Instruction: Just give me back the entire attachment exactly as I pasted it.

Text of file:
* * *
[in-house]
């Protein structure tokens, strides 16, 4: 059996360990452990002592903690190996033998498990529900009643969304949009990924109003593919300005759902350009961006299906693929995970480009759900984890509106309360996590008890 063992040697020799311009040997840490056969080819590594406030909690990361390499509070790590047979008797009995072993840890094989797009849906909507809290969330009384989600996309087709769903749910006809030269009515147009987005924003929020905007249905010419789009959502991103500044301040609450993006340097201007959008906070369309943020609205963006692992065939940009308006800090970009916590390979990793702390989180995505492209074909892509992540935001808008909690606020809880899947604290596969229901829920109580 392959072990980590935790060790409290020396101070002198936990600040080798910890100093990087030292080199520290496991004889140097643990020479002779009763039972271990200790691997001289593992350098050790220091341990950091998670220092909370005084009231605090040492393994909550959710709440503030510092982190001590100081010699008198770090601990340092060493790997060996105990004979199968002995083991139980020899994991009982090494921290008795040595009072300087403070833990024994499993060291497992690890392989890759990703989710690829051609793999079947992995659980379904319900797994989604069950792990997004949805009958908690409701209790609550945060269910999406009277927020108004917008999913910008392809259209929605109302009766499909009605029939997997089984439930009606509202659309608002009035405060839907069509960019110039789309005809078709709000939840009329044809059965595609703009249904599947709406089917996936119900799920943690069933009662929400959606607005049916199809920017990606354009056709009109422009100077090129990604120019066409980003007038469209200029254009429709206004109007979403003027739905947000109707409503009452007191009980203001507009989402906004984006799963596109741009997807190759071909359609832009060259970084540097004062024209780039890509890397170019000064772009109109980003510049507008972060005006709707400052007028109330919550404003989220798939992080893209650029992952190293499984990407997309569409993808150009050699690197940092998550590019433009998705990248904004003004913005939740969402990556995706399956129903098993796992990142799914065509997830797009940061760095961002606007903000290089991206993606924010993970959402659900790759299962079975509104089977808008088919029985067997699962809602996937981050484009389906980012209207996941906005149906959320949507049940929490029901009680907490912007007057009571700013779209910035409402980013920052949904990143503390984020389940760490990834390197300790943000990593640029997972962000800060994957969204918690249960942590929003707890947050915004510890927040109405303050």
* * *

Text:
[in-house]
């Protein structure tokens, strides 16, 4: 059996360990452990002592903690190996033998498990529900009643969304949009990924109003593919300005759902350009961006299906693929995970480009759900984890509106309360996590008890 063992040697020799311009040997840490056969080819590594406030909690990361390499509070790590047979008797009995072993840890094989797009849906909507809290969330009384989600996309087709769903749910006809030269009515147009987005924003929020905007249905010419789009959502991103500044301040609450993006340097201007959008906070369309943020609205963006692992065939940009308006800090970009916590390979990793702390989180995505492209074909892509992540935001808008909690606020809880899947604290596969229901829920109580 392959072990980590935790060790409290020396101070002198936990600040080798910890100093990087030292080199520290496991004889140097643990020479002779009763039972271990200790691997001289593992350098050790220091341990950091998670220092909370005084009231605090040492393994909550959710709440503030510092982190001590100081010699008198770090601990340092060493790997060996105990004979199968002995083991139980020899994991009982090494921290008795040595009072300087403070833990024994499993060291497992690890392989890759990703989710690829051609793999079947992995659980379904319900797994989604069950792990997004949805009958908690409701209790609550945060269910999406009277927020108004917008999913910008392809259209929605109302009766499909009605029939997997089984439930009606509202659309608002009035405060839907069509960019110039789309005809078709709000939840009329044809059965595609703009249904599947709406089917996936119900799920943690069933009662929400959606607005049916199809920017990606354009056709009109422009100077090129990604120019066409980003007038469209200029254009429709206004109007979403003027739905947000109707409503009452007191009980203001507009989402906004984006799963596109741009997807190759071909359609832009060259970084540097004062024209780039890509890397170019000064772009109109980003510049507008972060005006709707400052007028109330919550404003989220798939992080893209650029992952190293499984990407997309569409993808150009050699690197940092998550590019433009998705990248904004003004913005939740969402990556995706399956129903098993796992990142799914065509997830797009940061760095961002606007903000290089991206993606924010993970959402659900790759299962079975509104089977808008088919029985067997699962809602996937981050484009389906980012209207996941906005149906959320949507049940929490029901009680907490912007007057009571700013779209910035409402980013920052949904990143503390984020389940760490990834390197300790943000990593640029997972962000800060994957969204918690249960942590929003707890947050915004510890927040109405303050």